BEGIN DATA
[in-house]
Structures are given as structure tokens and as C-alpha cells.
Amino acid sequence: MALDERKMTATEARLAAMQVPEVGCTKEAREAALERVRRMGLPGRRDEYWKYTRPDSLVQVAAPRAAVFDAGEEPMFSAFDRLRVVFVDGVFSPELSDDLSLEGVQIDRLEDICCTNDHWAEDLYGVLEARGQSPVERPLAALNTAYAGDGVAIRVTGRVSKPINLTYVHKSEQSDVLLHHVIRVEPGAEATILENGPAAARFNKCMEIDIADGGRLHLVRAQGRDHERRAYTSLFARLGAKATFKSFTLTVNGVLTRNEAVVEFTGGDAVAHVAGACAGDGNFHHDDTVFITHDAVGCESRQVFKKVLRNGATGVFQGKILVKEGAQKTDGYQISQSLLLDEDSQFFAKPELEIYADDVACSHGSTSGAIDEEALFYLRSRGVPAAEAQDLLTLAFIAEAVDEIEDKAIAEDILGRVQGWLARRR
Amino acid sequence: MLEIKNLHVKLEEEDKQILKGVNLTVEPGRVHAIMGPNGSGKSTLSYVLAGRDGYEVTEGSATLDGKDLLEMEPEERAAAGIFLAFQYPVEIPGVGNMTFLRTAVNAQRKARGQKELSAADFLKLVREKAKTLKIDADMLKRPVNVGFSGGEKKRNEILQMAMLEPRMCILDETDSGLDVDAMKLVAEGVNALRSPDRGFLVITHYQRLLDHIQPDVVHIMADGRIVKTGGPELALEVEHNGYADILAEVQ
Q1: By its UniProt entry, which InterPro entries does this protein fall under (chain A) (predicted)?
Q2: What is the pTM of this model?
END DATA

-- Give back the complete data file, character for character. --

[in-house]
Structures are given as structure tokens and as C-alpha cells.
Amino acid sequence: MALDERKMTATEARLAAMQVPEVGCTKEAREAALERVRRMGLPGRRDEYWKYTRPDSLVQVAAPRAAVFDAGEEPMFSAFDRLRVVFVDGVFSPELSDDLSLEGVQIDRLEDICCTNDHWAEDLYGVLEARGQSPVERPLAALNTAYAGDGVAIRVTGRVSKPINLTYVHKSEQSDVLLHHVIRVEPGAEATILENGPAAARFNKCMEIDIADGGRLHLVRAQGRDHERRAYTSLFARLGAKATFKSFTLTVNGVLTRNEAVVEFTGGDAVAHVAGACAGDGNFHHDDTVFITHDAVGCESRQVFKKVLRNGATGVFQGKILVKEGAQKTDGYQISQSLLLDEDSQFFAKPELEIYADDVACSHGSTSGAIDEEALFYLRSRGVPAAEAQDLLTLAFIAEAVDEIEDKAIAEDILGRVQGWLARRR
Amino acid sequence: MLEIKNLHVKLEEEDKQILKGVNLTVEPGRVHAIMGPNGSGKSTLSYVLAGRDGYEVTEGSATLDGKDLLEMEPEERAAAGIFLAFQYPVEIPGVGNMTFLRTAVNAQRKARGQKELSAADFLKLVREKAKTLKIDADMLKRPVNVGFSGGEKKRNEILQMAMLEPRMCILDETDSGLDVDAMKLVAEGVNALRSPDRGFLVITHYQRLLDHIQPDVVHIMADGRIVKTGGPELALEVEHNGYADILAEVQ
Q1: By its UniProt entry, which InterPro entries does this protein fall under (chain A) (predicted)?
Q2: What is the pTM of this model?